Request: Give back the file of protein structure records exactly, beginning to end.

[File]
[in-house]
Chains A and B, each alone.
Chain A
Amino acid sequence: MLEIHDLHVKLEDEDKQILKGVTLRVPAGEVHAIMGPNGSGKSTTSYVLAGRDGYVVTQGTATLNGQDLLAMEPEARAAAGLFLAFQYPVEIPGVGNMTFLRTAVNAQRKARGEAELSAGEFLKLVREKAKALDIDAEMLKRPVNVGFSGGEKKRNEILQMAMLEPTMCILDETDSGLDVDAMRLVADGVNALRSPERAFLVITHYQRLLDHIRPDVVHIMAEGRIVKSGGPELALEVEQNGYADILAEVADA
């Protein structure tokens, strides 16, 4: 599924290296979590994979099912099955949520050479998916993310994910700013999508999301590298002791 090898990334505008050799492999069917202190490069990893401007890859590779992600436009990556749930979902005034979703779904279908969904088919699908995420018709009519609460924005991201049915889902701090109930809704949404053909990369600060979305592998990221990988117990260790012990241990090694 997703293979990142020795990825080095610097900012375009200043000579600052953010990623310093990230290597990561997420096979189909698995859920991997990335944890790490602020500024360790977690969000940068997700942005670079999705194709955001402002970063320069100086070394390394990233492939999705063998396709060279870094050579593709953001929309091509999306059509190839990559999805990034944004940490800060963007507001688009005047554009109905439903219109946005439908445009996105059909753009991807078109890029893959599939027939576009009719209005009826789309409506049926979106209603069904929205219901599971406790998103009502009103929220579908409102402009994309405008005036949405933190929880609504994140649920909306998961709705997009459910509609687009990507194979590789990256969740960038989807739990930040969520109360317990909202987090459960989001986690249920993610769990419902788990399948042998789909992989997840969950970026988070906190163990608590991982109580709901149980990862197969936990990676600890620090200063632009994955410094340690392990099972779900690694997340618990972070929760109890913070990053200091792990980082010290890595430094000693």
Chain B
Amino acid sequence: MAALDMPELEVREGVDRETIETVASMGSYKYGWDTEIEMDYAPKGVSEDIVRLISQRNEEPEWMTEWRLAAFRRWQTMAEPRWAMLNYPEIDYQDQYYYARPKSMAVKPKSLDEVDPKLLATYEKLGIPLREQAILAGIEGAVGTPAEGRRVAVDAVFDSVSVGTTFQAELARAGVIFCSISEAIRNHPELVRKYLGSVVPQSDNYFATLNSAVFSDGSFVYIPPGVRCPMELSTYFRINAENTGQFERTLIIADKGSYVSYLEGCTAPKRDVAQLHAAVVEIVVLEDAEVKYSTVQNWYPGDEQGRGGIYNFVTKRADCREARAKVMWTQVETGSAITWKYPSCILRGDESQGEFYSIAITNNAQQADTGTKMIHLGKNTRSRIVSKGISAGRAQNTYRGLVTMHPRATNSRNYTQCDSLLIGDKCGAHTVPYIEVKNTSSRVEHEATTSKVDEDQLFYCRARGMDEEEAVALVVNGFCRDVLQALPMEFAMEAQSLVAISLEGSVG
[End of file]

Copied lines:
[in-house]
Chains A and B, each alone.
Chain A
Amino acid sequence: MLEIHDLHVKLEDEDKQILKGVTLRVPAGEVHAIMGPNGSGKSTTSYVLAGRDGYVVTQGTATLNGQDLLAMEPEARAAAGLFLAFQYPVEIPGVGNMTFLRTAVNAQRKARGEAELSAGEFLKLVREKAKALDIDAEMLKRPVNVGFSGGEKKRNEILQMAMLEPTMCILDETDSGLDVDAMRLVADGVNALRSPERAFLVITHYQRLLDHIRPDVVHIMAEGRIVKSGGPELALEVEQNGYADILAEVADA
């Protein structure tokens, strides 16, 4: 599924290296979590994979099912099955949520050479998916993310994910700013999508999301590298002791 090898990334505008050799492999069917202190490069990893401007890859590779992600436009990556749930979902005034979703779904279908969904088919699908995420018709009519609460924005991201049915889902701090109930809704949404053909990369600060979305592998990221990988117990260790012990241990090694 997703293979990142020795990825080095610097900012375009200043000579600052953010990623310093990230290597990561997420096979189909698995859920991997990335944890790490602020500024360790977690969000940068997700942005670079999705194709955001402002970063320069100086070394390394990233492939999705063998396709060279870094050579593709953001929309091509999306059509190839990559999805990034944004940490800060963007507001688009005047554009109905439903219109946005439908445009996105059909753009991807078109890029893959599939027939576009009719209005009826789309409506049926979106209603069904929205219901599971406790998103009502009103929220579908409102402009994309405008005036949405933190929880609504994140649920909306998961709705997009459910509609687009990507194979590789990256969740960038989807739990930040969520109360317990909202987090459960989001986690249920993610769990419902788990399948042998789909992989997840969950970026988070906190163990608590991982109580709901149980990862197969936990990676600890620090200063632009994955410094340690392990099972779900690694997340618990972070929760109890913070990053200091792990980082010290890595430094000693």
Chain B
Amino acid sequence: MAALDMPELEVREGVDRETIETVASMGSYKYGWDTEIEMDYAPKGVSEDIVRLISQRNEEPEWMTEWRLAAFRRWQTMAEPRWAMLNYPEIDYQDQYYYARPKSMAVKPKSLDEVDPKLLATYEKLGIPLREQAILAGIEGAVGTPAEGRRVAVDAVFDSVSVGTTFQAELARAGVIFCSISEAIRNHPELVRKYLGSVVPQSDNYFATLNSAVFSDGSFVYIPPGVRCPMELSTYFRINAENTGQFERTLIIADKGSYVSYLEGCTAPKRDVAQLHAAVVEIVVLEDAEVKYSTVQNWYPGDEQGRGGIYNFVTKRADCREARAKVMWTQVETGSAITWKYPSCILRGDESQGEFYSIAITNNAQQADTGTKMIHLGKNTRSRIVSKGISAGRAQNTYRGLVTMHPRATNSRNYTQCDSLLIGDKCGAHTVPYIEVKNTSSRVEHEATTSKVDEDQLFYCRARGMDEEEAVALVVNGFCRDVLQALPMEFAMEAQSLVAISLEGSVG